Small intestine & ampulla

Ampulla

Adenocarcinoma-ampulla


Editorial Board Member: Claudio Luchini, M.D., Ph.D.
Deputy Editors-in-Chief: Raul S. Gonzalez, M.D., Aaron R. Huber, D.O.
Felicia D. Allard, M.D.

Last author update: 12 October 2023
Last staff update: 12 October 2023

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PubMed Search: Ampullary adenocarcinoma

Felicia D. Allard, M.D.
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Cite this page: Allard FD. Adenocarcinoma-ampulla. PathologyOutlines.com website. https://www.pathologyoutlines.com/topic/ampullaadenocarcinoma.html. Accessed May 19th, 2024.
Definition / general
  • Uncommon epithelial malignancy with glandular or mucinous differentiation that has an epicenter in the ampulla of Vater and displays an intestinal, pancreatobiliary or mixed phenotype
  • While advanced duodenal, distal common bile duct or pancreatic carcinoma may extend to involve the ampulla, only those malignancies centered on or circumferentially surrounding the ampulla are regarded as ampullary carcinomas
Essential features
  • Ampulla of Vater is a complex anatomical region that represents the junction of duodenal and pancreatobiliary type mucosa, resulting in a heterogenous group of malignancies that may arise from this site (Am J Surg Pathol 2012;36:1592)
  • Distinguishing ampullary / periampullary primaries from duodenal, distal common bile duct and pancreatic ductal primaries is based on careful gross examination to assess the tumor epicenter
  • Distinguishing intestinal from pancreatobiliary type tumors is an important prognostic factor; immunostains are helpful adjuncts to morphologic assessment (Int J Surg Pathol 2019;27:598)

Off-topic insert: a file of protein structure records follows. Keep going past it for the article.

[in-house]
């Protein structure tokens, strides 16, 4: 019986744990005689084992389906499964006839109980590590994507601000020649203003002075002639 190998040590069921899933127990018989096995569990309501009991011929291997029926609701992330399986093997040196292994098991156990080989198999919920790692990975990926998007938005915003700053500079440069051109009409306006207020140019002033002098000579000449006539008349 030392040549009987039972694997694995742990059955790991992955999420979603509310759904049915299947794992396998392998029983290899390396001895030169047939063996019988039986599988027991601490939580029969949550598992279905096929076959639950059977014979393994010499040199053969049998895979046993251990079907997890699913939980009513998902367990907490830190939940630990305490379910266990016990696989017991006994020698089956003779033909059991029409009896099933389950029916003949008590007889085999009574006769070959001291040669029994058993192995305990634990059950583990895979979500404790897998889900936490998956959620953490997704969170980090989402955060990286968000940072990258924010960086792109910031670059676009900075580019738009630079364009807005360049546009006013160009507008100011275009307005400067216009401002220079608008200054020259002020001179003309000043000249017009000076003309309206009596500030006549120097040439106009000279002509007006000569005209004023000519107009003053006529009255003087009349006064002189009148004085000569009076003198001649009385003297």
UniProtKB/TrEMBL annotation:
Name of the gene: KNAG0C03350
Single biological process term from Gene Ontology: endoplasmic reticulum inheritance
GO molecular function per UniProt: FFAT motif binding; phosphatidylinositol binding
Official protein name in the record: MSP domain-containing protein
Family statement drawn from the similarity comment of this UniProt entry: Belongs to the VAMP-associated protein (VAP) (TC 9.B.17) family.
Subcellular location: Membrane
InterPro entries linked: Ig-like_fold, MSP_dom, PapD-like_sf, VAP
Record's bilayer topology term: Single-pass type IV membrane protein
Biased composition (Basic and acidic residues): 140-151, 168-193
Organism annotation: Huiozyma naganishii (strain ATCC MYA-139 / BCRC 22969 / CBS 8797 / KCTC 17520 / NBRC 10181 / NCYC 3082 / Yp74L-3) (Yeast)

ICD coding
  • ICD-O
    • 8020/3 - carcinoma, undifferentiated, NOS
    • 8140/3 - adenocarcinoma, NOS
    • 8144/3 - adenocarcinoma, intestinal type
    • 8163/3 - adenocarcinoma, pancreatobiliary type
    • 8490/3 - signet ring cell adenocarcinoma or poorly cohesive carcinoma
    • 8510/3 - medullary adenocarcinoma
    • 8211/3 - tubular adenocarcinoma
  • ICD-11: 2B80.20 - adenocarcinoma of small intestine, site unspecified
Epidemiology
Sites
  • Ampullary adenocarcinomas have 4 recognized subtypes (Am J Surg Pathol 2012;36:1592)
    • Periampullary carcinomas are exophytic masses that arise from the duodenal surface of the ampulla and engulf the ampullary orifice (~5%)
    • Intra-ampullary carcinomas arise from intra-ampullary papillary tubular neoplasms (IAPN, ~25%)
    • Ampullary ductal carcinomas arise from the portions of the distal common bile or pancreatic ducts located within the papilla of Vater and circumferentially involve the duct within the papilla (~15%)
    • Ampullary carcinomas, NOS are ulceronodular tumors located at the papilla of Vater that do not show the specific features of the 3 categories listed above (~55%)
Pathophysiology
  • Experts theorize that the tendency for small bowel adenocarcinomas as well as familial adenomatous polyposis related adenocarcinomas to occur in the ampullary region may be related to exposure to bile and pancreatic secretions
  • Known precursor lesions include (Am J Surg Pathol 2012;36:1592)
    • Intra-ampullary adenocarcinomas: intra-ampullary papillary tubular neoplasms